Not so fast! July 27, 2009Posted by Mike Trudeau in Cosmology.
Tags: Astronomy, atheism, Cosmology
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Ok, now I usually don’t use this blog to talk about my beliefs (I subscribe to no religious doctrine and am not an atheist), but there are some things I need to say.
In her post In Praise of Insignificance, Jennifer Ouellette says: “If one embraces an atheist worldview, it necessarily requires embracing, even celebrating, one’s insignificance. It’s a tall order, I know, when one is accustomed to being the center of attention.”
Centre of whose attention, may I ask? Are we not still the centre of attention? If we’re not, what is?
It’s a mistake to assume that with atheism comes insignificance. How insignificant are we if everything is “just this,” where the “this” is infinitely amazing? We are the beholders, the consciousnesses. We define our own existences (at least more than free-falling balls of dirty ice do, ie perceive that we define our own existences), make decisions and answer to no one. That’s exactly as significant as you think it is.
The word “significance” loses its meaning when used to describe atheist cosmology. In the atheist universe, nothing signifies anything; at least not in the way that human existence signifies God’s love for creation in Christian belief, or that committing a sin signifies a rejecting of God’s freely-given love.
I find it frustrating when people ooh and aah to great length, sermonizing about our tiny existences. Come on! Are we seriously still having this conversation? The idea itself is old-fashioned. Scale goes on and on in both directions, leaving us somewhere in the middle, just like everything else. On the earth a grain of sand is small, in the universe a galaxy is small. There may be an infinite number of full-sized universes. Let’s stop patting each other on the back for reminding each other that the cosmos is huge.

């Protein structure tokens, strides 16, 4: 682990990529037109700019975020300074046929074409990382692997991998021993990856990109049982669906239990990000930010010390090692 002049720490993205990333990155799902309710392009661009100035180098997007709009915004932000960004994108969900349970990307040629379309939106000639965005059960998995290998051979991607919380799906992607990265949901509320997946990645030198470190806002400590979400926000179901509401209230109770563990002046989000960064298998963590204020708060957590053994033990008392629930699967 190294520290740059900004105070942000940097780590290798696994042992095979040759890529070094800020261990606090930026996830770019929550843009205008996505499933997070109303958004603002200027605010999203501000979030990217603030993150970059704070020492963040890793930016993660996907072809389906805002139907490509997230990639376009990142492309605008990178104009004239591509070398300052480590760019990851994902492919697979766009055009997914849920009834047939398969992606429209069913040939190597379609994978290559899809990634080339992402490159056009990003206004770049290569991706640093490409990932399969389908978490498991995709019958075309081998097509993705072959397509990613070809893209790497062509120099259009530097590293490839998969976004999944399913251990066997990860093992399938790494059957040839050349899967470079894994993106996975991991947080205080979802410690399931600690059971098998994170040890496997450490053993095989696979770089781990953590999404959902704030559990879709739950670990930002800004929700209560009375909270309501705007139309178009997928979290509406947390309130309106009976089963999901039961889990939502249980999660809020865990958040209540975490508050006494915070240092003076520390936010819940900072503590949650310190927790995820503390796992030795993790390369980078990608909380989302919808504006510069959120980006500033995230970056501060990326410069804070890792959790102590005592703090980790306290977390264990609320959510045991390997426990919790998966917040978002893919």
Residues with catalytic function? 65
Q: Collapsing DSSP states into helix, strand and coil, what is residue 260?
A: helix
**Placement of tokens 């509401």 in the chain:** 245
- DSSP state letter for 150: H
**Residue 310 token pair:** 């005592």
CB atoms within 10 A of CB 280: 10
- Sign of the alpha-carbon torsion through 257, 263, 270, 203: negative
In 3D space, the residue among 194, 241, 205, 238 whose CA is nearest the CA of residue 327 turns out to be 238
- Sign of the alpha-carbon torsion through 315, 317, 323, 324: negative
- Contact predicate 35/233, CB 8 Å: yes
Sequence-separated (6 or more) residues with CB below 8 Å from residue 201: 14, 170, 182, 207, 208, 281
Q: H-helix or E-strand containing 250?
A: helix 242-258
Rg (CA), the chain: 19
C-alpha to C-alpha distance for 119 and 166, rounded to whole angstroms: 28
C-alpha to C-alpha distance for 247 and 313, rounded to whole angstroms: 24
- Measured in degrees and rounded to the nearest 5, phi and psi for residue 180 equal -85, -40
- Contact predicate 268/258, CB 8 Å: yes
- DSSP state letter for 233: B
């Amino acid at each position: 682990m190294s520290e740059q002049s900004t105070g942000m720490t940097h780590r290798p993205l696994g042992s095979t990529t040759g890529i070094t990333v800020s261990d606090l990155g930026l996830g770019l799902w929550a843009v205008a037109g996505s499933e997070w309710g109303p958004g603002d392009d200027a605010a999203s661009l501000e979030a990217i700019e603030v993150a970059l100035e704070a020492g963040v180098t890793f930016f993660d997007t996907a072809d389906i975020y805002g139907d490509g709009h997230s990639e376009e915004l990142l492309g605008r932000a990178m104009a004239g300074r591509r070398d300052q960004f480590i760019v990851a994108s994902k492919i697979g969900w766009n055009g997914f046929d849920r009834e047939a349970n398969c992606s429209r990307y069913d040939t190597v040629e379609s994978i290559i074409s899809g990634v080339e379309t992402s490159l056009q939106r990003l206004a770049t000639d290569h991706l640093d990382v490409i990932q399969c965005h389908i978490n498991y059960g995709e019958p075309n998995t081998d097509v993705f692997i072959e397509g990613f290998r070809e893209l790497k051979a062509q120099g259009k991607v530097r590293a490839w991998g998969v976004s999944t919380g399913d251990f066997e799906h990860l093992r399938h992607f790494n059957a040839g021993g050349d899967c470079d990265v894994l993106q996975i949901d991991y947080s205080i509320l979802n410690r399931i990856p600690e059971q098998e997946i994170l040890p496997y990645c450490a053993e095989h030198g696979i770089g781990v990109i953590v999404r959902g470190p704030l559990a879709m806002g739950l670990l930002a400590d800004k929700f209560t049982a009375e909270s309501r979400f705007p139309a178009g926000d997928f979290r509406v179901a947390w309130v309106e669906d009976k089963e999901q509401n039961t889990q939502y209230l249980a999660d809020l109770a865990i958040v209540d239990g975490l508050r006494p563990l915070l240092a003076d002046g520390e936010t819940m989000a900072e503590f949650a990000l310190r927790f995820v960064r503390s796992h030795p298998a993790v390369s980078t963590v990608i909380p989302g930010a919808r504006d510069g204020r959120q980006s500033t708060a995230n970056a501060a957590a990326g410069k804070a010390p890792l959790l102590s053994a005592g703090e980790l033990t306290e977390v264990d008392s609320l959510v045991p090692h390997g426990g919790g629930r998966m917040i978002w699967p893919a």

That being said, I still love a good night sky!
Some atheists argue that they don’t believe in a God because there is no evidence to back up this belief.
This is problematic in two ways. First of all, both atheists and religious believers like to choose their own field of engagement. The atheists say that there is no scientific evidence for God, and the religious say that the evidence is right there in their own canon. Both systems are essentially self-referential.
Second, the claim that there is no evidence for intelligent design (and I do not mean the “Christian” version of Intelligent Design that they say should be taught in science classes; that’s a whole other argument) only really works if God is a separate entity from the universe. St Augustine tackled this question in his Confessions, when he contested the dualism of the tangible and spiritual levels of existence. If we say that God is not separate from the universe but instead that the universe is a facet of God and that the ongoing process of creation is the unfolding will of God, then I’d say that in all the richness of the universe(s), through all dimensions, in all space, all time, and on every scale, there is certainly still plenty of room for believing that we are part of something infinitely greater than ourselves that is intrinsically good, supremely intelligent, and of which our own bodies and minds are simple derivatives.
It’s the same old Socratic chestnut: We don’t know, and those who say they know, know less. I say we try for less self-justification and self-congratulation, and more reasonable, tolerant discussion.